EU will 'respect' Brexit decision says Sir John Redwood
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The warning comes from Spanish MEP Hermann Tertsch who told Express.co.uk he believes the “left radicals” in the EU are pushing too much for an increasingly integrated bloc. The push, he claims, is only resulting in more countries rebelling to the direction of the more powerful heads in the EU, namely France and Germany, and adopting an attitude that resembles that of the UK in the past 10 years.
He said: “The lefties in the EU are in a hurry because they know Europe is changing.
“If you see the attitude of the Dutch, Austrians and Finnish, they are slowly but surely adopting a position inside the European Union that is very similar to the position the UK has had in the last 10 years before they quit.
“If things don’t change, if the majority doesn’t get a little bit of sense for the real feelings of the people in Europe, I think we will have more exits and not very far in time.
“We will have more exits and everybody will have to reconsider.
“There is no way of bringing to a successful state of equilibrium with the plans they have for a big European state.
“It won’t happen because the national forces are really growing in an opposite direction.”
The Vox MEP’s sentiment was also shared by Danish MEP Peter Kofod who told Express.co.uk last month that Brexit has left smaller countries in the EU dealing with “school bullies” Emmanuel Macron and Angela Merkel.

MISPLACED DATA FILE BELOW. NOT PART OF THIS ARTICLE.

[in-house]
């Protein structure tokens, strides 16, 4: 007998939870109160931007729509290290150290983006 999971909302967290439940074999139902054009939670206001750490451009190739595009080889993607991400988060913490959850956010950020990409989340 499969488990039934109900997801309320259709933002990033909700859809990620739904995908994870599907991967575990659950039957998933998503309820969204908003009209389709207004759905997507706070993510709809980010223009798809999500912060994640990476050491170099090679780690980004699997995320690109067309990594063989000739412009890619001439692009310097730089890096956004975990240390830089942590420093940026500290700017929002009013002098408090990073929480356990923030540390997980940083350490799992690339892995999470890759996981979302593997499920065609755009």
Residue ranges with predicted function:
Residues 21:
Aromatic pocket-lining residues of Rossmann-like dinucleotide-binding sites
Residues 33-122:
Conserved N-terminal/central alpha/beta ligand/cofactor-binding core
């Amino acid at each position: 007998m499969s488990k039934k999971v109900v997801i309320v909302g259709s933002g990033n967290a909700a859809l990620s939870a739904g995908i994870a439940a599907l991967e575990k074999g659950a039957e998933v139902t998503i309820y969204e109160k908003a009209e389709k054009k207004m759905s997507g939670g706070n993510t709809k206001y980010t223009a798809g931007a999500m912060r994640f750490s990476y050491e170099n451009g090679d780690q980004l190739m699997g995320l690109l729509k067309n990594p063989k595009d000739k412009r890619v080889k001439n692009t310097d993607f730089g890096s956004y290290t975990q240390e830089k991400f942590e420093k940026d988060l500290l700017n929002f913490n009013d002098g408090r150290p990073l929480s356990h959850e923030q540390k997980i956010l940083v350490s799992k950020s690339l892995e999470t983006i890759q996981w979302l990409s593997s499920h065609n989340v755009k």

Mr Kofod, who hopes Denmark will soon join the UK outside the bloc, claimed smaller northern countries in the EU will be forced to pick up the bill for a Franco-German dictated political project.
He said: “I think another consequence of Brexit is that smaller countries like Denmark, we are stuck with Germany and France making decisions – very important decisions.
“And we will just have to follow those decisions and pay for them afterwards.”
He continued: “The situation before Brexit was: if you imagine a schoolyard and you have two big bullies, France and Germany, telling all the small kids what to do.
“And luckily for the smaller kids like Denmark, we had a big strong friend called Great Britain.
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“Of course, losing that friend puts us in a more difficult situation, dealing with France and Germany.
“Because they 100 percent want the European project to grow even more than we have seen for the last few years.
“We see that on a lot of areas and that is really, really not good.
“If you are a small country placed in the northern part of the European Union, you will end up with the bill in the end.”
Denmark could hold a breakaway vote by as early as 2026, Mr Kofod has predicted.
He claimed his party’s quest to free Denmark from the EU’s shackles will be very dependant on the UK’s progress outside of the bloc.
He said: “One day Parliament is going to have to make a decision about having a referendum and then we will have to win the referendum.
“It will be in a few years. In my opinion, it might be in five years or eight years.”
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